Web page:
We’ve all heard this word — creativity. It is used in everyday vernacular, and is included in the conversation about how to best educate today’s students. We are told and we tell our students that the mark of a successful person in today’s job market is creativity. Or at least it’s one of them. Employers want creative employees who can think outside of the box and tackle problems with fresh, new approaches and solutions. That means creativity is precious and must be cultivated because we all possess an innate creativity in some form or fashion. It means that creativity is valued and encouraged no matter what. Right?
Maybe. Maybe not.
“Inside the Box” is an article by Jessica Olien in the online publication Slate. In it, she calls us to the mat about our generally poor treatment of the creative process and creativity in general. While I’m not entirely sure how the business world treats creativity, I know that there are teachers and educational institutions out there that grow and develop creativity. In fact, there are some institutions that are entirely dedicated to that task. However, the process it takes to bring a creative idea to fruition is often frustrating and off-putting. It shows failure. It rocks the boat. Not small swell kind of boat rocking. Full blown Perfect Storm boat rocking at times. The bigger the idea and creative backing, the bigger the change often required. That can shake some people and cause some resentment.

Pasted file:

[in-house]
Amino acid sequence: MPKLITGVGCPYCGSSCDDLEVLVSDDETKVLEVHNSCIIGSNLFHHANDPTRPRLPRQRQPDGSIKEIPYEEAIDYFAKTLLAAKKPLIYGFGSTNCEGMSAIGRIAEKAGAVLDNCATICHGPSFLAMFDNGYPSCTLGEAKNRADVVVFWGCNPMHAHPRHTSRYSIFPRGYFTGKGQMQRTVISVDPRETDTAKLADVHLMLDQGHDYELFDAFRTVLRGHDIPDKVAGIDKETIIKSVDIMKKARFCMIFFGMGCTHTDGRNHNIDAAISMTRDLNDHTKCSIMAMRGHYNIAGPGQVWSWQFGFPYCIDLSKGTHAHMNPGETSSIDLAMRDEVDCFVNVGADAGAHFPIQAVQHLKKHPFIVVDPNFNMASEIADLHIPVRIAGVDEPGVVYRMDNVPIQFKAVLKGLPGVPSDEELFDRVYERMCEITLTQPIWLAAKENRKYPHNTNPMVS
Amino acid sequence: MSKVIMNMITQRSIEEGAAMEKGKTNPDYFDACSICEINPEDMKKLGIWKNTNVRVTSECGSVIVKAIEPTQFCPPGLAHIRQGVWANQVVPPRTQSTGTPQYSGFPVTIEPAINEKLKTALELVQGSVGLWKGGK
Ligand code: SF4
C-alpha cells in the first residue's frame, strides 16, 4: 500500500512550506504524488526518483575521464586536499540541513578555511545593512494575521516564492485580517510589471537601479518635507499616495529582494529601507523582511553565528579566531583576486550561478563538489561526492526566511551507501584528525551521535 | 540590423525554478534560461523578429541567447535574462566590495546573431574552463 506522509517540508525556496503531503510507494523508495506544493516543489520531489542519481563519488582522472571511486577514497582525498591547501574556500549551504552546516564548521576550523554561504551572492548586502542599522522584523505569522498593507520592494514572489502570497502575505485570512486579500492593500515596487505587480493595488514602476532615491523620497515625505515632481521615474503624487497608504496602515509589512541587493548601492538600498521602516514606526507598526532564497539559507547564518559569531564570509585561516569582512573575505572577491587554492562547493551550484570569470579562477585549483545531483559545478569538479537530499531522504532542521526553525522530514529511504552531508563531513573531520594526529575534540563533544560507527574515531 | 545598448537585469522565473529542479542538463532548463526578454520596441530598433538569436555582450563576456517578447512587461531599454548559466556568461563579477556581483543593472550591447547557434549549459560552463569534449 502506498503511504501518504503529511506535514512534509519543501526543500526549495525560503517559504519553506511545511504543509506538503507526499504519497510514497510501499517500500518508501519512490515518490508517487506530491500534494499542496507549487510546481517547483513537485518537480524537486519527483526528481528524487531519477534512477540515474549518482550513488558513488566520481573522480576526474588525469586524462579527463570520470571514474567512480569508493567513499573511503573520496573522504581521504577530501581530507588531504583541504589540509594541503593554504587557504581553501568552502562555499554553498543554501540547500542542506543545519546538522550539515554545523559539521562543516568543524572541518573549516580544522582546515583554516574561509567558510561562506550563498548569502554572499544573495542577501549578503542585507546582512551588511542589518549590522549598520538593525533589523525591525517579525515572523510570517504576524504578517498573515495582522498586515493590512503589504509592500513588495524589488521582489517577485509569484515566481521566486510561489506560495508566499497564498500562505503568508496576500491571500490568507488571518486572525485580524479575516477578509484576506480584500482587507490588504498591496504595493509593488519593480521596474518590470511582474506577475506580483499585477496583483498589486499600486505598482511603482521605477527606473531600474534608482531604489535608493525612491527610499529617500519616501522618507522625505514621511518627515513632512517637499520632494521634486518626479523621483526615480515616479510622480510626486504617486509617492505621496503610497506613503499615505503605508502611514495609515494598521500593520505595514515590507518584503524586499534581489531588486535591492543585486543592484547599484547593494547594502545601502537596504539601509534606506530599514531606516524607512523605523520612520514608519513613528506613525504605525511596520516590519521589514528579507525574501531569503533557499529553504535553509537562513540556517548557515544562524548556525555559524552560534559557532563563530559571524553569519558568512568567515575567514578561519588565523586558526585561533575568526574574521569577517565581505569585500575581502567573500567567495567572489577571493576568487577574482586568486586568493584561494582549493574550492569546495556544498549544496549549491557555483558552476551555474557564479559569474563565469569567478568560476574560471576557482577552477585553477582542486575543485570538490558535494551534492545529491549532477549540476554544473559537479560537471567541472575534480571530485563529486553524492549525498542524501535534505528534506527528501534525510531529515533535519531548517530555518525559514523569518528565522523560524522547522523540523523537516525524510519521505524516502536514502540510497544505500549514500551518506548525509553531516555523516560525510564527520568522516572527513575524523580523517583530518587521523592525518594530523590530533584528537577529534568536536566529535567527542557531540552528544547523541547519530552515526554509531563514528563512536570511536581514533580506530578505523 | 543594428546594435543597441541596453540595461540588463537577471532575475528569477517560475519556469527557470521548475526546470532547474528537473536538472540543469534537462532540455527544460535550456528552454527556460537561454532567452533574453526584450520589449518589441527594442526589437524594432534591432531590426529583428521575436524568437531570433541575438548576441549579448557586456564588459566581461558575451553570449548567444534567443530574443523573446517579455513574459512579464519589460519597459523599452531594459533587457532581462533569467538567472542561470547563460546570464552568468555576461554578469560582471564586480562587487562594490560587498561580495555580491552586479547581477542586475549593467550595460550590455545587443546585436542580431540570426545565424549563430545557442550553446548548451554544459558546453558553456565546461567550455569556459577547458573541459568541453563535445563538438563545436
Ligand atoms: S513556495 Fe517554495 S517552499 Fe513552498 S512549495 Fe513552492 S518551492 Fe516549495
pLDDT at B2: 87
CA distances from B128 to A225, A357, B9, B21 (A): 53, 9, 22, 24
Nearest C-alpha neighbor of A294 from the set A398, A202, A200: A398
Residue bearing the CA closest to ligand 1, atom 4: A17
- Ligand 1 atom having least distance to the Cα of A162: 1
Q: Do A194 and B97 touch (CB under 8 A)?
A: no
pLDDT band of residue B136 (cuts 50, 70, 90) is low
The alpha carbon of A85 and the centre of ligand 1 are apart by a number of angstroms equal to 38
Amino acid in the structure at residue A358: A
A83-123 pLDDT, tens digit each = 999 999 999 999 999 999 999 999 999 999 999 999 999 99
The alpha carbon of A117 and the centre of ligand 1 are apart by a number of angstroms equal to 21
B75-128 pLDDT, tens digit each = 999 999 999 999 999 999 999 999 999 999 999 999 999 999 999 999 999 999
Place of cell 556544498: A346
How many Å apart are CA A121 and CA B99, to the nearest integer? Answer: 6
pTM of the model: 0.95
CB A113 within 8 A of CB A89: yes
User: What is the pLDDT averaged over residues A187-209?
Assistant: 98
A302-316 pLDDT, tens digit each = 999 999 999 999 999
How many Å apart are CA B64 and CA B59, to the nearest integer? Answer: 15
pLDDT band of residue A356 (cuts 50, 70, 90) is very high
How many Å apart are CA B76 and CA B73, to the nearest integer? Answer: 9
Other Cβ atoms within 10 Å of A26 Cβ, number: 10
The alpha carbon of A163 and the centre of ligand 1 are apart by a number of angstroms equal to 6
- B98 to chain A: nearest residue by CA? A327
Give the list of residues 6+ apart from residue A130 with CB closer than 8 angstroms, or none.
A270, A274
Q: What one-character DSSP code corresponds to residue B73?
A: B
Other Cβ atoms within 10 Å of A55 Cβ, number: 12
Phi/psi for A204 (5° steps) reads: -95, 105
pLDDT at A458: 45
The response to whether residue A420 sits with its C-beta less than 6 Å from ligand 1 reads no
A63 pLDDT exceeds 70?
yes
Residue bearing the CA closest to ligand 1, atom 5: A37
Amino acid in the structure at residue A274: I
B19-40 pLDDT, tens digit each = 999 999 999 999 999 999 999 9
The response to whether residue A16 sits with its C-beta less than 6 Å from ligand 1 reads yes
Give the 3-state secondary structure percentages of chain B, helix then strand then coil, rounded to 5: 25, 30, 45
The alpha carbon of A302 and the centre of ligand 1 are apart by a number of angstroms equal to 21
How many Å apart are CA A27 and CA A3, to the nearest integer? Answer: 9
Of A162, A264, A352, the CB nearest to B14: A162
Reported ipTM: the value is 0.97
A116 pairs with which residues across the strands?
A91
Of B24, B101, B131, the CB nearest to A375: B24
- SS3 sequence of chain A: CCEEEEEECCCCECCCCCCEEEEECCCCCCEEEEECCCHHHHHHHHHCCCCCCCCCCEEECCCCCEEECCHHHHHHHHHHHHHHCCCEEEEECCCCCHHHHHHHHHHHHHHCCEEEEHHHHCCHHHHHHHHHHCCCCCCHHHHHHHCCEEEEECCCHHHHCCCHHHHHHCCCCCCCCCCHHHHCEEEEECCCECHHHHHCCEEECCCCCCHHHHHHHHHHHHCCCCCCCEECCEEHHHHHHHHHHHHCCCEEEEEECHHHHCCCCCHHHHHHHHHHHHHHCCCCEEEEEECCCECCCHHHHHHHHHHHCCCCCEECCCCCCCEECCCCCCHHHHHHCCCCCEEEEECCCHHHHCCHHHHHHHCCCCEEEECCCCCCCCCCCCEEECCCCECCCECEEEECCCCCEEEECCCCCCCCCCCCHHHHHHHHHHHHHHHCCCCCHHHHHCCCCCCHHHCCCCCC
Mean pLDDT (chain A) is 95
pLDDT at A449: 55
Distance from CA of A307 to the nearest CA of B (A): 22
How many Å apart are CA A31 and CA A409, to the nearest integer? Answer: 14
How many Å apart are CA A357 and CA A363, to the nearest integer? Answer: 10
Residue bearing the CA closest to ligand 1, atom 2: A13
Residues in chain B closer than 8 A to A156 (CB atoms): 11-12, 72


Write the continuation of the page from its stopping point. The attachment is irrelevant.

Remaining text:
Be that as it may, I find Jessica’s parting words to be very inspirational and focusing. When you are rejected, or when you face opposition, that can be a very telling sign that you are in the throws of the creative process. Let it serve to spur you on and encourage your efforts. As Jessica says, “To live creatively is a choice.” To support and sustain it must be a choice as well.